Know the tradeoffs you are making in choosing a particular gun/ammo combination, and if you are satisfied that your choice is appropriate for your lifestyle and the situations you are likely to encounter, go for it! Just make sure that your ammo is reliable in your gun without any malfunctions, 100% of the time.

1. “A gun will just be taken away from you.”

This is such a common myth that, if it were true, newspapers and TV shows would be featuring every such incident. In actuality, it is extremely hard to find cases where this has actually happened. I’ve been looking for years, and I’ve NEVER found a SINGLE verifiable case where a woman who was a private citizen (not a cop) and who had some defensive firearm training had a gun taken away from her in an actual defensive situation.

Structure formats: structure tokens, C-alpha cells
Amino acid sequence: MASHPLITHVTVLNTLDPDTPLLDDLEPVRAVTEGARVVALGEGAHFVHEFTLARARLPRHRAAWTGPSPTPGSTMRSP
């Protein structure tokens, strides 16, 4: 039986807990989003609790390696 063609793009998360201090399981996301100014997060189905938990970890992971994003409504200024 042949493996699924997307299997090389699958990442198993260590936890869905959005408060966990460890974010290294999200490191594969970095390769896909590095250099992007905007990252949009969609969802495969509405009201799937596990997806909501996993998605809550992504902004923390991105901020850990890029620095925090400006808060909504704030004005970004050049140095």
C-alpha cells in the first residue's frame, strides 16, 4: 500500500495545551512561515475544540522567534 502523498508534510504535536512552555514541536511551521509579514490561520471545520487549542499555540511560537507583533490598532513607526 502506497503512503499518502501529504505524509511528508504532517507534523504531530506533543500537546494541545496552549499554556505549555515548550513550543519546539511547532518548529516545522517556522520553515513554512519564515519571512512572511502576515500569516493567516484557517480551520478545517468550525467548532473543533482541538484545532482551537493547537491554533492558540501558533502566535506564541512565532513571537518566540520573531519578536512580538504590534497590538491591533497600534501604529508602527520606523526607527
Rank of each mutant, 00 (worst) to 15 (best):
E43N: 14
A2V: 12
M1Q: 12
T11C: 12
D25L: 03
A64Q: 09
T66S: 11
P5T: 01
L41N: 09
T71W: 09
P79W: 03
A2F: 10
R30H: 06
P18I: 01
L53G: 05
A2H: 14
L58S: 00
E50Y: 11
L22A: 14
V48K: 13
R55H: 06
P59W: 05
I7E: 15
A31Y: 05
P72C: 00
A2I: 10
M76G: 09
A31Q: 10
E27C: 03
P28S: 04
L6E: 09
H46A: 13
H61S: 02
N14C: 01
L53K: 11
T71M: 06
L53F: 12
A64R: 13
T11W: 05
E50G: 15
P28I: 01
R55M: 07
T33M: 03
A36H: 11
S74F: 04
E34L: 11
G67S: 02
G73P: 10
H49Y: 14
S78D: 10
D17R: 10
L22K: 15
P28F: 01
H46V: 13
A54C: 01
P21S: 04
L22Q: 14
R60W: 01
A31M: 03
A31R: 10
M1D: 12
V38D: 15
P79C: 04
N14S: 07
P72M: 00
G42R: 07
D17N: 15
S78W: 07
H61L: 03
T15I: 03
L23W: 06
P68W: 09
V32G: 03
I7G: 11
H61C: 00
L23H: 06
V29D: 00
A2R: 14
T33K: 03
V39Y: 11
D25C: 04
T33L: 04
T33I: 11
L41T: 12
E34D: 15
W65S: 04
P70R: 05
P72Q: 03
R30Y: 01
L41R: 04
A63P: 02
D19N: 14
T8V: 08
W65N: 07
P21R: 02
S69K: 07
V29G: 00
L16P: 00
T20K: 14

Remember that statistic that we started with, that in 75% of the cases where a gun is used in defense, it is never fired? That’s because the bad guy doesn’t want to get shot. And the most likely way for him to get shot is to continue to attack the woman with the gun – reaching for the gun is exactly the kind of attack that will bring a bullet his way, and he knows it!

Don’t let this myth, or any of the other dumb things that people say about guns, keep you from learning what you need to defend yourself!

This article was reprinted from Women&Guns magazine, Mar-Apr. 1998, Copyright © 1998, Lyn Bates